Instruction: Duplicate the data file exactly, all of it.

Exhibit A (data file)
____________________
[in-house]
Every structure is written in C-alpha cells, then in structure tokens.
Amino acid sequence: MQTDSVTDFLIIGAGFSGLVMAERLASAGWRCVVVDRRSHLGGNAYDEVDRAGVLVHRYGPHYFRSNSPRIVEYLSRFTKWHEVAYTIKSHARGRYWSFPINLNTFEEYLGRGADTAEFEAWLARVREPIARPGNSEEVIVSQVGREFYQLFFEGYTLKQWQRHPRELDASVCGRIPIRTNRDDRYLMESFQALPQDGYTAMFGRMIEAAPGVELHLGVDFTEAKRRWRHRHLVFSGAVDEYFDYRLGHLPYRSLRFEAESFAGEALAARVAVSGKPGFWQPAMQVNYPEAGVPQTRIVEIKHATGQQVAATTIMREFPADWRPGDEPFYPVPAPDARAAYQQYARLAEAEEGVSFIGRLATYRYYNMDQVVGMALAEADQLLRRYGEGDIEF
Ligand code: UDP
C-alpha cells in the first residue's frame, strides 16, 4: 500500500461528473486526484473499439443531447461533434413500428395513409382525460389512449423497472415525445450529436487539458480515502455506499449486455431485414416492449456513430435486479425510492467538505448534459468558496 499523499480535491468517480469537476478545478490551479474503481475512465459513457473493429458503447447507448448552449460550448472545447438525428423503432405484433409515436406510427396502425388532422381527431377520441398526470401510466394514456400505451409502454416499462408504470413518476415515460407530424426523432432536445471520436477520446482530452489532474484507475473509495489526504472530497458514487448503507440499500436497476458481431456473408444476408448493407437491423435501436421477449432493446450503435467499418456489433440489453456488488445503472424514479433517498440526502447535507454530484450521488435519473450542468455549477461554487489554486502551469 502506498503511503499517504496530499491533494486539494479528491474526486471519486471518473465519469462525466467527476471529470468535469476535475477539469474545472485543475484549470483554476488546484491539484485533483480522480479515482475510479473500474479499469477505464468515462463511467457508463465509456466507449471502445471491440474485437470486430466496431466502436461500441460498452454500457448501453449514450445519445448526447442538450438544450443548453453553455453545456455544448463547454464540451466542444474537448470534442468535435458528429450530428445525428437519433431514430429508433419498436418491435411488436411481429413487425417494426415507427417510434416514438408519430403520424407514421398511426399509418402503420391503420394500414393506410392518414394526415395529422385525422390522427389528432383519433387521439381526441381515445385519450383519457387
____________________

[in-house]
Every structure is written in C-alpha cells, then in structure tokens.
Amino acid sequence: MQTDSVTDFLIIGAGFSGLVMAERLASAGWRCVVVDRRSHLGGNAYDEVDRAGVLVHRYGPHYFRSNSPRIVEYLSRFTKWHEVAYTIKSHARGRYWSFPINLNTFEEYLGRGADTAEFEAWLARVREPIARPGNSEEVIVSQVGREFYQLFFEGYTLKQWQRHPRELDASVCGRIPIRTNRDDRYLMESFQALPQDGYTAMFGRMIEAAPGVELHLGVDFTEAKRRWRHRHLVFSGAVDEYFDYRLGHLPYRSLRFEAESFAGEALAARVAVSGKPGFWQPAMQVNYPEAGVPQTRIVEIKHATGQQVAATTIMREFPADWRPGDEPFYPVPAPDARAAYQQYARLAEAEEGVSFIGRLATYRYYNMDQVVGMALAEADQLLRRYGEGDIEF
Ligand code: UDP
C-alpha cells in the first residue's frame, strides 16, 4: 500500500461528473486526484473499439443531447461533434413500428395513409382525460389512449423497472415525445450529436487539458480515502455506499449486455431485414416492449456513430435486479425510492467538505448534459468558496 499523499480535491468517480469537476478545478490551479474503481475512465459513457473493429458503447447507448448552449460550448472545447438525428423503432405484433409515436406510427396502425388532422381527431377520441398526470401510466394514456400505451409502454416499462408504470413518476415515460407530424426523432432536445471520436477520446482530452489532474484507475473509495489526504472530497458514487448503507440499500436497476458481431456473408444476408448493407437491423435501436421477449432493446450503435467499418456489433440489453456488488445503472424514479433517498440526502447535507454530484450521488435519473450542468455549477461554487489554486502551469 502506498503511503499517504496530499491533494486539494479528491474526486471519486471518473465519469462525466467527476471529470468535469476535475477539469474545472485543475484549470483554476488546484491539484485533483480522480479515482475510479473500474479499469477505464468515462463511467457508463465509456466507449471502445471491440474485437470486430466496431466502436461500441460498452454500457448501453449514450445519445448526447442538450438544450443548453453553455453545456455544448463547454464540451466542444474537448470534442468535435458528429450530428445525428437519433431514430429508433419498436418491435411488436411481429413487425417494426415507427417510434416514438408519430403520424407514421398511426399509418402503420391503420394500414393506410392518414394526415395529422385525422390522427389528432383519433387521439381526441381515445385519450383519457387